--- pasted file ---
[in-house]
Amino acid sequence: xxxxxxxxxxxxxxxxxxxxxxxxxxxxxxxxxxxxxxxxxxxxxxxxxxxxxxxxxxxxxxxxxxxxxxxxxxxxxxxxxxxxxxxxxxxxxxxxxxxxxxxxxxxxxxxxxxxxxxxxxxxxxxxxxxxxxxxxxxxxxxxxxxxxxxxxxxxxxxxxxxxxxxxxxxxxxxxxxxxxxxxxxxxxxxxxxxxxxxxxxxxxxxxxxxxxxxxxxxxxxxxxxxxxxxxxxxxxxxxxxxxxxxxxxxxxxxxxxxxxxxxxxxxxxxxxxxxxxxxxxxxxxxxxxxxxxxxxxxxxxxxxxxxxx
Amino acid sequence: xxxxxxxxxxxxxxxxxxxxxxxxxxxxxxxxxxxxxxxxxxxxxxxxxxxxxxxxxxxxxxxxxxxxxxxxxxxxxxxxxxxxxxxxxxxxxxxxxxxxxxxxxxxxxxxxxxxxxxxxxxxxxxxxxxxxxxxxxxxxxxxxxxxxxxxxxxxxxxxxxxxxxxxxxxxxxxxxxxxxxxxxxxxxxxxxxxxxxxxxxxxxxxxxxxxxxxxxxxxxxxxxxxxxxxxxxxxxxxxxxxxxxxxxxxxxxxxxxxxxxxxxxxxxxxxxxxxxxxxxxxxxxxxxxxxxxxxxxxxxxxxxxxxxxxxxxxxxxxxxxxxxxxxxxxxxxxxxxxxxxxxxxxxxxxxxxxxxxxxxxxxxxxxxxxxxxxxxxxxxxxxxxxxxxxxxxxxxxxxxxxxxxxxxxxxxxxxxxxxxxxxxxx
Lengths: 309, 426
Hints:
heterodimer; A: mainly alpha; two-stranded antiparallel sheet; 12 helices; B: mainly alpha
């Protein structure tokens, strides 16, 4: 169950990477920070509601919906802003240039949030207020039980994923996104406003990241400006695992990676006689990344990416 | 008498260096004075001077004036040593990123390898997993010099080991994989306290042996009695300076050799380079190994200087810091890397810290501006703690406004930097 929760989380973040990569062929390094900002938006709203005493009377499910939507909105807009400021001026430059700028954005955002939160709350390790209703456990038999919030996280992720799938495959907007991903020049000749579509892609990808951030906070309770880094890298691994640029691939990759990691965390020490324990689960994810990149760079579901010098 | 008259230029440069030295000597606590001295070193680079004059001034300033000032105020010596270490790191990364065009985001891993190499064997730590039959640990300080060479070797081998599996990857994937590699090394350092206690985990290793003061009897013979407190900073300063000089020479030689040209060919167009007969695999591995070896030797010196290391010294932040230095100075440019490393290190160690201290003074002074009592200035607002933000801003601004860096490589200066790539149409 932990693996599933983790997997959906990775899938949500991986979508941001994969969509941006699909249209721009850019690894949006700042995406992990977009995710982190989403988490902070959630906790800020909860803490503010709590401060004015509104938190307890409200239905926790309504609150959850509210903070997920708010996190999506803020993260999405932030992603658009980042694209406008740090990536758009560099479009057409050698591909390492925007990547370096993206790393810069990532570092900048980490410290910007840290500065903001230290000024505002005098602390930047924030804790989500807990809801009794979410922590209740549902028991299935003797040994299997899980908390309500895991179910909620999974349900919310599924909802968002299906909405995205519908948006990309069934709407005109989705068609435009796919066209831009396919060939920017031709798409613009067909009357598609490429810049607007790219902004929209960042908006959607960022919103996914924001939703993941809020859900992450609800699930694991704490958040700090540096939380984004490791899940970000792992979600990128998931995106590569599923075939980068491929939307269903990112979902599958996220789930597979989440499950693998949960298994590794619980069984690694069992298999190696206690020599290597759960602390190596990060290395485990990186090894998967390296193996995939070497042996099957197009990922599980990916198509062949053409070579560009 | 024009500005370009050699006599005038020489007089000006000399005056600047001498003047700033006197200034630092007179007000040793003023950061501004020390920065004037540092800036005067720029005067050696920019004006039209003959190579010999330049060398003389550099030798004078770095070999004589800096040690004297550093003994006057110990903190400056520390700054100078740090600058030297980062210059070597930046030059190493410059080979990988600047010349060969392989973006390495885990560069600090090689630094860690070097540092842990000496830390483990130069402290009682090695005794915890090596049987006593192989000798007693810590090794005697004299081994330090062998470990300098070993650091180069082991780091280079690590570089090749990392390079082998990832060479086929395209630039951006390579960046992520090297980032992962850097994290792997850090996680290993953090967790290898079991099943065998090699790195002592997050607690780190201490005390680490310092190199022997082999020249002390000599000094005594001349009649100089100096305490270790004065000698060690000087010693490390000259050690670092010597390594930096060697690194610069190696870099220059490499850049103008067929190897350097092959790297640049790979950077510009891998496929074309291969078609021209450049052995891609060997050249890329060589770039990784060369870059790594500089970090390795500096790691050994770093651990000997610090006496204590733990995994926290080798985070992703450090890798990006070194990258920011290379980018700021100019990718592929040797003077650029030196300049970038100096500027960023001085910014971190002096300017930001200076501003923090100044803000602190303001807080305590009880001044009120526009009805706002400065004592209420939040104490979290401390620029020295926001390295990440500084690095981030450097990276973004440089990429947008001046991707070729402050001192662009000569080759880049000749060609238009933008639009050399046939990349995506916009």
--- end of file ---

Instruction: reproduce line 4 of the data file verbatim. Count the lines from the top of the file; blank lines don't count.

Lengths: 309, 426